X-ray reflectance measurements at grazing incidence provide non-destructively a measure of the thickness of thin layers, the electron density as a function of depth, and interface and surface roughness. We show that the effect of roughness at a buried interface is only to reduce the visibility of the interference fringes, whereas roughness at the top surface leads also to an overall increase in the rate of fall of intensity with angle (or energy). These two contributions can then be readily distinguished.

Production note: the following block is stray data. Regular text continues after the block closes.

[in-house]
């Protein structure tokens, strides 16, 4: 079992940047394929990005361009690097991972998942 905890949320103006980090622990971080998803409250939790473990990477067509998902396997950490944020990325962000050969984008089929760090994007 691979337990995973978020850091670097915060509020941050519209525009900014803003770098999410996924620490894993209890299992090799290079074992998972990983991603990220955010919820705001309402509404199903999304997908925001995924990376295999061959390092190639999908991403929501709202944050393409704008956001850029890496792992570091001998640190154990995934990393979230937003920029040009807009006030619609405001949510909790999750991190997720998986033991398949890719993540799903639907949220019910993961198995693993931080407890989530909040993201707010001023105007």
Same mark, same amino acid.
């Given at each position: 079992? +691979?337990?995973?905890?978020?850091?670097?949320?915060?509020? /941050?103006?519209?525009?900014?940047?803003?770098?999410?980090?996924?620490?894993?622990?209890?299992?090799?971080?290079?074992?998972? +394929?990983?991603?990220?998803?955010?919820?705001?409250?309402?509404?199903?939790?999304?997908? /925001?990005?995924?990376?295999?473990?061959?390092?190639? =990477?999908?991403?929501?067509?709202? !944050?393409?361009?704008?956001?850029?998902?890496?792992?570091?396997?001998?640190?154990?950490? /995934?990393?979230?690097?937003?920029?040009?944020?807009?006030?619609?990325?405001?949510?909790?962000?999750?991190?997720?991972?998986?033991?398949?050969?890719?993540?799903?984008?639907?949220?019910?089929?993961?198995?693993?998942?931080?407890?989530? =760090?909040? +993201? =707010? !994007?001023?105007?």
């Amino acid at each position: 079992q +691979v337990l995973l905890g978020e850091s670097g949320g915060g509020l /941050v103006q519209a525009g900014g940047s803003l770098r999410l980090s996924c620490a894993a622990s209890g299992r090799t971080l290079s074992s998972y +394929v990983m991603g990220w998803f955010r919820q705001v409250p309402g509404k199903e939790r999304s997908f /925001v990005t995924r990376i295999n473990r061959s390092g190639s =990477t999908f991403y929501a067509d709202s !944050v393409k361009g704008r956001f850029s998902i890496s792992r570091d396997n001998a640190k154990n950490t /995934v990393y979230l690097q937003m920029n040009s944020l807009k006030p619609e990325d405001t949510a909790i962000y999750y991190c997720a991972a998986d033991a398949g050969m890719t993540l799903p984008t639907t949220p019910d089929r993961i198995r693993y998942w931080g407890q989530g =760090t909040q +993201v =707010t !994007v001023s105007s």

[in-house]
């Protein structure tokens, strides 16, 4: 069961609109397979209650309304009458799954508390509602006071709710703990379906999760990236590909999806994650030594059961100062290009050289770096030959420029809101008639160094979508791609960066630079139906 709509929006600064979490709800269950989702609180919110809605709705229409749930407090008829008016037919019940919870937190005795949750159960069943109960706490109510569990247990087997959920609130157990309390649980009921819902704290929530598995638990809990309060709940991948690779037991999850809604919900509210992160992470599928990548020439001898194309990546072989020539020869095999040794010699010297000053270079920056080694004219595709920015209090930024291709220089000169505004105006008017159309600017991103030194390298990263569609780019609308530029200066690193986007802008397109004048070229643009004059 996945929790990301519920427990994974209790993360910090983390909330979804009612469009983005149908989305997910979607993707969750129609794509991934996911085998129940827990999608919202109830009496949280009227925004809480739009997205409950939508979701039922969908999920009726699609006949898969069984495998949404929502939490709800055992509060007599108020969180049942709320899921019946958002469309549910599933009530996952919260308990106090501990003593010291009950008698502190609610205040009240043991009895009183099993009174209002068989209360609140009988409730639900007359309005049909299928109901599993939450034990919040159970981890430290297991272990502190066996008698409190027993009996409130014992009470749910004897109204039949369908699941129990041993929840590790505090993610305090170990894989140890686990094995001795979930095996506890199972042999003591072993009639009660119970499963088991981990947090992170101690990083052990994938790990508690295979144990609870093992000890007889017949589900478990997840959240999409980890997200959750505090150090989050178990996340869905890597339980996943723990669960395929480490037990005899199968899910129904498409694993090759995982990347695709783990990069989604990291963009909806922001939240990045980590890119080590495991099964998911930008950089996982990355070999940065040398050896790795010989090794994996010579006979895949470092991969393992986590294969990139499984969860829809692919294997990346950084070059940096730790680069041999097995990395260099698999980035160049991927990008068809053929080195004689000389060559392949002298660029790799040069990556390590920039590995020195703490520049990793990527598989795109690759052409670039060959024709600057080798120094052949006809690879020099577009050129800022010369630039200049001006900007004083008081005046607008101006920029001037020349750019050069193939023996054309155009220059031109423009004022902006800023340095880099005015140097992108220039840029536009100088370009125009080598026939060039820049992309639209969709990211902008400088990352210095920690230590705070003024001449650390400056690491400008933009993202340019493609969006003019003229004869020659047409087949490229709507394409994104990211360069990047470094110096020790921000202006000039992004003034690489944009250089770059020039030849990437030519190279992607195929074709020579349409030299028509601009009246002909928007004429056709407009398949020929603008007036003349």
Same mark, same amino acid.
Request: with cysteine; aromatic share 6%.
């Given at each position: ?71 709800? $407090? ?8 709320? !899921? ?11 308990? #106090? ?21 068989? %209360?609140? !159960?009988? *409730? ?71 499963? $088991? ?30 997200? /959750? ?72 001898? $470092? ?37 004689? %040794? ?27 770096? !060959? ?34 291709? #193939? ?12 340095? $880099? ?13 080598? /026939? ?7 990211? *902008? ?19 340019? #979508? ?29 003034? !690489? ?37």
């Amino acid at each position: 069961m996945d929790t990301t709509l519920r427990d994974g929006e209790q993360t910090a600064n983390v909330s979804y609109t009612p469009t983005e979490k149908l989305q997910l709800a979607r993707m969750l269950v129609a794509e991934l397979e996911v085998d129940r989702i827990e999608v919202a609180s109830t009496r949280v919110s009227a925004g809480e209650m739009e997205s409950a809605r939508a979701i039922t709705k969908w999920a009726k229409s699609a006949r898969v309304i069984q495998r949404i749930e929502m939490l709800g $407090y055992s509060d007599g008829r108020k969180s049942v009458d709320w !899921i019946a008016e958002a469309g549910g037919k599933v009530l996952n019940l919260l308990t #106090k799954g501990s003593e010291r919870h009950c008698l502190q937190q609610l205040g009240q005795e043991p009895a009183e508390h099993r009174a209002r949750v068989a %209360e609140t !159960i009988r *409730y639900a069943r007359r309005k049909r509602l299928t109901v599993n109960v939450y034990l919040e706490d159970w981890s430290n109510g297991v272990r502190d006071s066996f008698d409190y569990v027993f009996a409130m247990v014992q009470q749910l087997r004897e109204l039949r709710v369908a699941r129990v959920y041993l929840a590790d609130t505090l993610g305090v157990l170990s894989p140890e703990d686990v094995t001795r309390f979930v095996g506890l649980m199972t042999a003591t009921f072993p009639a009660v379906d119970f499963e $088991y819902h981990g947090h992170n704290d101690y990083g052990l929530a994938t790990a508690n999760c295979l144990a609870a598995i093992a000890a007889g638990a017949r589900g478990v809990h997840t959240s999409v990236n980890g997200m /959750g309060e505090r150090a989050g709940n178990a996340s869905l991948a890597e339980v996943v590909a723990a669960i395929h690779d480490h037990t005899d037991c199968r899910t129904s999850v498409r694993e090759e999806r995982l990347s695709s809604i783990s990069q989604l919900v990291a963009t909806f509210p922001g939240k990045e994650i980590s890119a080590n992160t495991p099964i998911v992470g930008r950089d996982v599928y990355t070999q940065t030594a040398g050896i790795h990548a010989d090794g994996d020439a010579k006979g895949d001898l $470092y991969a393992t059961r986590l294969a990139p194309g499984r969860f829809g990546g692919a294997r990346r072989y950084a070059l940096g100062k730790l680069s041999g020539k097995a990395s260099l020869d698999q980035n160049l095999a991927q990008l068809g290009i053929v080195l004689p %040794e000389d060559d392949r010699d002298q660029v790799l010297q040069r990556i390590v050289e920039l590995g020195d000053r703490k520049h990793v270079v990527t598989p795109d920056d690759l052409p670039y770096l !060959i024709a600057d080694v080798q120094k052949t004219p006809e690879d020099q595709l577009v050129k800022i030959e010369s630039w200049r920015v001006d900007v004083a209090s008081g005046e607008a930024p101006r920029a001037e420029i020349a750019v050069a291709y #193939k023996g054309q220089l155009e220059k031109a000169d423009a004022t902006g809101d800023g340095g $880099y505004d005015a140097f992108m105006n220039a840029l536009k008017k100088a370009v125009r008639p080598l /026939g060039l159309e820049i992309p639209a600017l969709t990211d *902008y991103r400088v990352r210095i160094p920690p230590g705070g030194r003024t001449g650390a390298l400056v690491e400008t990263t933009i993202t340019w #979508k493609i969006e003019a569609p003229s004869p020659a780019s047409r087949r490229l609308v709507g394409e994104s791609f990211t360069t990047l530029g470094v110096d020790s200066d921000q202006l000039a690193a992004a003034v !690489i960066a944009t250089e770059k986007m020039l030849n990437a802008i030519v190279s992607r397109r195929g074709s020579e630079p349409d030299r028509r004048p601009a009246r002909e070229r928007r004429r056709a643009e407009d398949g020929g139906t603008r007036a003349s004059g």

Most work has been performed in monochromatic angular dispersive mode. We present here a preliminary study of the application of the high-energy, fixed-angle, energy dispersive mode for the study of thin epitaxial layers, Langmuir-Blodgett films, surface damage on silicon chemi-sol polished wafers and ion implanted silicon and aluminium. Data has been analysed using the theory of Parratt, which we have adapted for use in the energy dispersive method.